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Military Connection: Air Force Looks to Bolster Drone Pilot Pool

Drone Pilots

The United States Air Force has been finding it difficult to secure candidates for their unmanned aerial vehicle (UAV) pilot program. Now, Air Force leadership is taking aggressive steps to fill the much needed drone pilot positions from their pool of National Guard and Reservist pilots.

Air Force Secretary Deborah Lee James is laying out plans to increase incentive pay in order to bring more National Guard and Reserve pilots onto active duty, and find volunteers to fill needed slots to fly drones. James has told the media that the Air Force may seek large retention bonuses for drone pilots, close to the maximum $25,000 stipend that manned aircraft pilots receive.

The Air Force has struggled with manning drone operators. The demands of ongoing operations around the world, including persistent airstrikes in Iraq and Syria, have only made the problem worse. And according to General Mark Welsh, Air Force Chief of Staff,  plans to reduce the number of combat air patrols by drones have instead  increased, mostly due to the airstrike missions in Iraq and Syria.

There are currently 988 active-duty pilots for the Predator and Reaper drones – the two most lethal unmanned aircraft commonly used for surveillance and strikes. More than 1,200 pilots are needed.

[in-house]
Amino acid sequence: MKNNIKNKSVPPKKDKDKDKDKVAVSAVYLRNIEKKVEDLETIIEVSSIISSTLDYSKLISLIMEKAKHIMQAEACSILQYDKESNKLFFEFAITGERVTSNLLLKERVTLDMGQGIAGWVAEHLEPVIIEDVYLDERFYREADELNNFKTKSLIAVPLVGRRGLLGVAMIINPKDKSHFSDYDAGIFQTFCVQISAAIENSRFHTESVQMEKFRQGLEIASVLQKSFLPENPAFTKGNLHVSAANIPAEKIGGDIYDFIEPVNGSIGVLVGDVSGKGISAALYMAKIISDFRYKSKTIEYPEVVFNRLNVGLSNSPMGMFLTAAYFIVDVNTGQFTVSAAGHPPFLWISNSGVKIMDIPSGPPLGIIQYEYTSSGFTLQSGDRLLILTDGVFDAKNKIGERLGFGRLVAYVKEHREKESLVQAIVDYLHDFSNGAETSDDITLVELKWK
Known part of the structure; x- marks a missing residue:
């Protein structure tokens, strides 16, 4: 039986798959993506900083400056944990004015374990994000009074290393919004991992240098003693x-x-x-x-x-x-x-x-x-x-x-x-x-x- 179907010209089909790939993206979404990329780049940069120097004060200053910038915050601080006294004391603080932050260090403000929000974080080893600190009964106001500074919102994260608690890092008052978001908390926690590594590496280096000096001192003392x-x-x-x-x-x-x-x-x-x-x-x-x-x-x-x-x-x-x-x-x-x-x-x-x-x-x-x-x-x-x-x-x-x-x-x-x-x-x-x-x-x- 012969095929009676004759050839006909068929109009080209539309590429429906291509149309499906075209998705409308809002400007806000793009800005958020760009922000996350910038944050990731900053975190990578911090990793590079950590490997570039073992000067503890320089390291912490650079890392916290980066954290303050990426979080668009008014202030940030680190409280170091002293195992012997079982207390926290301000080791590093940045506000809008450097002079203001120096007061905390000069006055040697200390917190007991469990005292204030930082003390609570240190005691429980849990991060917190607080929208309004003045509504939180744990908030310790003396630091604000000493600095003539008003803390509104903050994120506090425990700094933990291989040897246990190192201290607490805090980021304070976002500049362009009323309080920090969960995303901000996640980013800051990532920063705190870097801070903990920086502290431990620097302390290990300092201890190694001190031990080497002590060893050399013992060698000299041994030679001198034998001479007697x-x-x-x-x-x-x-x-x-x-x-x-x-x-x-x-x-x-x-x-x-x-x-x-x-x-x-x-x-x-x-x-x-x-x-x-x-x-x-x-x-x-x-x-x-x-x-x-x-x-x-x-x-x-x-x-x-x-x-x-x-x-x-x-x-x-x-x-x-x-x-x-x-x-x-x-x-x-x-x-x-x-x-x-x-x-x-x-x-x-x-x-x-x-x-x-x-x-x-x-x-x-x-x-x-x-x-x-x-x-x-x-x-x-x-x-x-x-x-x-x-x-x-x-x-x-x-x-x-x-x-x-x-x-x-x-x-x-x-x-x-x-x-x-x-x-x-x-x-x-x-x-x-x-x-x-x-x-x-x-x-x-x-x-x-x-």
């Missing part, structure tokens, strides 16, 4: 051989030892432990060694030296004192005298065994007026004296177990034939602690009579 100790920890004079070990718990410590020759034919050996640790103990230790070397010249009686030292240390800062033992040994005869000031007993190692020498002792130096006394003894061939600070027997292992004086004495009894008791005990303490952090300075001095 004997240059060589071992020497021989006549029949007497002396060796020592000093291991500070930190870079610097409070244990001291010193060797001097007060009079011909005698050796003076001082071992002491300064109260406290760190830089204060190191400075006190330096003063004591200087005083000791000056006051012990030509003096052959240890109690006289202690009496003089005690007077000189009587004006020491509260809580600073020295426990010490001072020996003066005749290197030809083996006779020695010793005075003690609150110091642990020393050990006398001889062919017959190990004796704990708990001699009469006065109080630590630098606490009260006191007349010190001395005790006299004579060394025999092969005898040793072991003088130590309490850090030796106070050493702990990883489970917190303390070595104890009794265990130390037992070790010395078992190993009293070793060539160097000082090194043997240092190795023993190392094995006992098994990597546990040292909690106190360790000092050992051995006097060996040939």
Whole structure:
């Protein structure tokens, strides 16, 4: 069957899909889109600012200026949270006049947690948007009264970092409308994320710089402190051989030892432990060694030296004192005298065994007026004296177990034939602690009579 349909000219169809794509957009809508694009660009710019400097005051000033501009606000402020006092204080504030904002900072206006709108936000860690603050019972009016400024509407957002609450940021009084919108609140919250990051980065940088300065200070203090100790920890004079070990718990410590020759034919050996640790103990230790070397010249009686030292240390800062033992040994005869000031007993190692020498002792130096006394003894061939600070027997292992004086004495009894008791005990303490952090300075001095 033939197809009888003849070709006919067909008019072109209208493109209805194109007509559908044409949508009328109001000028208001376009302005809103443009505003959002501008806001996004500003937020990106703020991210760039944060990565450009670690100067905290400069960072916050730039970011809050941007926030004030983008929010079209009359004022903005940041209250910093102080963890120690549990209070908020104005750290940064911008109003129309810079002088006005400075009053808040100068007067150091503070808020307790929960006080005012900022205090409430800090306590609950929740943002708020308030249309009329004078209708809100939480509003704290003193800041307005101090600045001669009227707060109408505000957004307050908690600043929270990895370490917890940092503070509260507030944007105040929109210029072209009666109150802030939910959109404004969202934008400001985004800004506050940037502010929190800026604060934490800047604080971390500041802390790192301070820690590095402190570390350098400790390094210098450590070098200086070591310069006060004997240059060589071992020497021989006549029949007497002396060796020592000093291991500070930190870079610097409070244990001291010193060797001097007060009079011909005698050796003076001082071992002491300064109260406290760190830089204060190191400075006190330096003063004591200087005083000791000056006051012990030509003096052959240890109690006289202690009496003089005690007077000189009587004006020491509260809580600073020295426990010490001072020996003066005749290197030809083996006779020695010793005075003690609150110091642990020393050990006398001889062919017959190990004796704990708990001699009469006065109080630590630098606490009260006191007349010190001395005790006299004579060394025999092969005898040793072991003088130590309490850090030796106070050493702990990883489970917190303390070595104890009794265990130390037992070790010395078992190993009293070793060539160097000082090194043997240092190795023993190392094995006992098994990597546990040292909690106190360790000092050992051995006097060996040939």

Gen. Welsh says that the Air Force can only train approximately 180 drone pilots a year.  But the annual need for drone pilots is closer to 300. And the Air Force loses about 240 drone pilots a year, as drone operators move to other jobs, or leave the military for higher paying jobs operating drones for the drone manufacturers that sell them to the military.

In an attempt to combat the issue, James said that she will more than double the monthly incentive pay for some drone operators, from $600 to $1,500, in order to persuade them to stay in the Air Force. The incentive would be targeted towards those who have finished their initial six-year service commitment. All drone pilots now get the $600 monthly stipend, but current policies do not allow for any retention bonuses, unlike the up to $25,000 given to manned aircraft pilots to encourage them to stay in the service.

Ms. James also said that she will shift funds in order to bring some National Guard and Reserve drone pilots onto active duty, and will ask other trained drone operators to volunteer to deploy for six months to some of the more strained units. It is expected that 33 current drone pilots will be asked to voluntarily stay in their jobs, rather than going back to their original aircraft, as planned, later this summer.

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Military Connection: Air Force Looks to Bolster Drone Pilot Pool: By Debbie Gregory